While Google's AI assistant Bard is currently available in 180 countries across the globe, the European Union and Canada still aren't invited to the AI party. Almost two months after Google launched its friendly AI chatbot, Bard, the company is still withholding access to certain regions, but there's no official statement on the matter.
The best guess is that Google may not see eye-to-eye with certain incoming regulations, not to mention that up against current GDPR rules, its processes may already be a little bit illegal.
The EU's incoming AI Act is currently making its way through European Parliament in a bid to push current and would-be AI developers into making their products more transparent, and safer for the general public. Having spoken to some experts on the matter, Wired seems to be under the impression that Google is out there silently stomping its feet over the details of the act.
Even in its current state, Bard doesn't quite fit the bill when it comes to the EU's laws surrounding internet safety. As Access Now senior policy analyst, Daniel Leufer, says in the Wired piece, "There's a lingering question whether these very large data sets, that have been collected more or less by indiscriminate scraping, have a sufficient legal basis under the GDPR."
Aside from current law, the much more targeted, and rigorous AI Act set to pass in mid June would likely have a significant impact on how Google's AI tool operates.
Once the bill goes through there will be even more restrictions placed on tools that could be "misused and provide novel and powerful tools for manipulative, exploitative and social control practices," as is outlined in the official AI Act proposal. There are special mentions for specific human rights, such as the right to human dignity, respect for private and family life, protection of personal data, and the right to an effective remedy… all of which and more will be considered when dubbing an AI "high-risk."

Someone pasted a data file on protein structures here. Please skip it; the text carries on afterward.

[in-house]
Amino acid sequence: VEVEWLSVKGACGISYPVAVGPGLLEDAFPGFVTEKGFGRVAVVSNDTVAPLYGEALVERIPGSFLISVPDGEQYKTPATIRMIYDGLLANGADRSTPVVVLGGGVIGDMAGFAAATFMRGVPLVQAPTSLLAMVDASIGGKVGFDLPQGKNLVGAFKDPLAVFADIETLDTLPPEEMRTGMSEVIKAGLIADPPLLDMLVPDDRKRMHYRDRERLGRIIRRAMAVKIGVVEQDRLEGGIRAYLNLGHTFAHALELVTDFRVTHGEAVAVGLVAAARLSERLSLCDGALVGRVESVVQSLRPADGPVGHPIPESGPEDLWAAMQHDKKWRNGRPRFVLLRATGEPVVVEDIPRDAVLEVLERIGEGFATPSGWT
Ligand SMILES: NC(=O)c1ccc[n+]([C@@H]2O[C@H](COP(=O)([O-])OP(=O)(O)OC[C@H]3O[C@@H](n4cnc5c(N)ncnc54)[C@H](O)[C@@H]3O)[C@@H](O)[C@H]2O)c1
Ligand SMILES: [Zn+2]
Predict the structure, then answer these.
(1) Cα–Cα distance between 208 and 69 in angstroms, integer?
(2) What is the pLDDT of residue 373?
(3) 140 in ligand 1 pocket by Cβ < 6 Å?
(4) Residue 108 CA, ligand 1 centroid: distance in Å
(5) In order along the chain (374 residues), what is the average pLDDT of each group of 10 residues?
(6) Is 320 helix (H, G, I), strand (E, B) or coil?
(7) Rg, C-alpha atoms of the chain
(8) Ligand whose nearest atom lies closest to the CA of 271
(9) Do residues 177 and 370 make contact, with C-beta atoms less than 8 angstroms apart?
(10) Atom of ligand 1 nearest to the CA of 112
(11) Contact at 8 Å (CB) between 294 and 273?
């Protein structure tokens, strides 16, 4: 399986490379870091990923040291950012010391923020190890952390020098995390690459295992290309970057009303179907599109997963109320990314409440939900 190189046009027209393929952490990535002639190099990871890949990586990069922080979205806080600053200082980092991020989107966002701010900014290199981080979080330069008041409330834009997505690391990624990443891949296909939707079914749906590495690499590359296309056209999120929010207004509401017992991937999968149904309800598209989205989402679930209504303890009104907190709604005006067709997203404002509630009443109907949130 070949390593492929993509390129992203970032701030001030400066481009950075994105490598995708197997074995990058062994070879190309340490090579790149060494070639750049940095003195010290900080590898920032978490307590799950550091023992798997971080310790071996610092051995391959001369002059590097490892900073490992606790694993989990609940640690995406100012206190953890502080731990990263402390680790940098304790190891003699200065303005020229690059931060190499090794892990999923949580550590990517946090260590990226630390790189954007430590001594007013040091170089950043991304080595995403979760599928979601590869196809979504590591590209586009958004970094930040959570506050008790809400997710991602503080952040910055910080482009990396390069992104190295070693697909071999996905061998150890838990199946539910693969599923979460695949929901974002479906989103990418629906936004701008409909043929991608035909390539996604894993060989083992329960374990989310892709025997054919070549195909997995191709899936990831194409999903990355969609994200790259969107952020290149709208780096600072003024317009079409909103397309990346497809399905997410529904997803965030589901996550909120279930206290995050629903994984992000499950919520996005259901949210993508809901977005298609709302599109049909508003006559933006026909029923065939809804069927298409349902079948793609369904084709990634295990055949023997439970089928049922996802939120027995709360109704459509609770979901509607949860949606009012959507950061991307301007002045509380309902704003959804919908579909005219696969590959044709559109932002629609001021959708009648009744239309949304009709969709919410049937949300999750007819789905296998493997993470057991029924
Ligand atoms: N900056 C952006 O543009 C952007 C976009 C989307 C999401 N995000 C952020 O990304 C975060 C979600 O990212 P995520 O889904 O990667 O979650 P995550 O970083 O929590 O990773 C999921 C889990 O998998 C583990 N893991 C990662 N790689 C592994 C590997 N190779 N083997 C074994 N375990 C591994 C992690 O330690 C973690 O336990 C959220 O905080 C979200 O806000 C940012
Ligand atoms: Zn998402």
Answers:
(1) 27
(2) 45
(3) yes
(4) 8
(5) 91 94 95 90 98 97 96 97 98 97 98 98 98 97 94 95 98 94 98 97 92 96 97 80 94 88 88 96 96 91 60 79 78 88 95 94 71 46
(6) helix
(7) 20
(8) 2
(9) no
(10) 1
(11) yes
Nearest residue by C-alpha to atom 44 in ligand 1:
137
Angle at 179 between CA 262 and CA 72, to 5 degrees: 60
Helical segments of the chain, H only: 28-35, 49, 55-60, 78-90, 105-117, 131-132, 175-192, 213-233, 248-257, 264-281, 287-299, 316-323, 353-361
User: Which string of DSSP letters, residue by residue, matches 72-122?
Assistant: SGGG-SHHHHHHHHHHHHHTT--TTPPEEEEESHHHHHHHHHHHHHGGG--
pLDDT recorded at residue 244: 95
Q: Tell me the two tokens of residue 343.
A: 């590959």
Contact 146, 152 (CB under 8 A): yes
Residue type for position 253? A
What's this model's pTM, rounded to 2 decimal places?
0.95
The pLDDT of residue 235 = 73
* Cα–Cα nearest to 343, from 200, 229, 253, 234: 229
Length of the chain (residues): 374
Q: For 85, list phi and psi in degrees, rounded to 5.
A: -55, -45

Looking at the AI tools of today, I'm having trouble thinking of any that don't have the potential to encroach on at least one of those rights. It's a scary thought, but it makes sense as to why Google might have some issues when it comes to Bard.
After all, as The Register notes, Italy, Spain, France, Germany, and Canada have all got their eye on ChatGPT (and presumably a bunch of other AI-based tools) over privacy concerns when it comes to user data. Canada's AIDA proposal, which will "come into force no sooner than 2025" explicitly calls for transparency in AI development, too.
Google's AI principles state that it will not pursue the following:
- Technologies that cause or are likely to cause overall harm. Where there is a material risk of harm, we will proceed only where we believe that the benefits substantially outweigh the risks, and will incorporate appropriate safety constraints.
- Weapons or other technologies whose principal purpose or implementation is to cause or directly facilitate injury to people.
- Technologies that gather or use information for surveillance violating internationally accepted norms.
- Technologies whose purpose contravenes widely accepted principles of international law and human rights.
It's a short list, and one with a few grey areas such as the use of "widely" and "internationally accepted norms". Whether the backend could one day fully align with EU and Canadian law is unclear, but the language here could be a subtle way of leveraging a little wiggle room.
So, could it be that Google is trying to make a point by withholding Bard? Potentially.
Nicolas Moës, The Future Society's European AI governance director, seems to think it possible. According to Moës, Google could well be making an attempt to "send a message to MEPs just before the AI Act is approved, trying to steer the votes and to make sure policymakers think twice before trying to govern foundation models". Moës also notes that Meta has decided to withhold its AI chatbot, BlenderBot, in the EU too. So it's not just Google playing it safe (or dirty).
It could also be that the big boys are keeping their toys to themselves because getting sued isn't much fun. Either way, until Google comes out with an official statement, Europeans and Canadians alike will be left staring wistfully at Bard's list of available countries.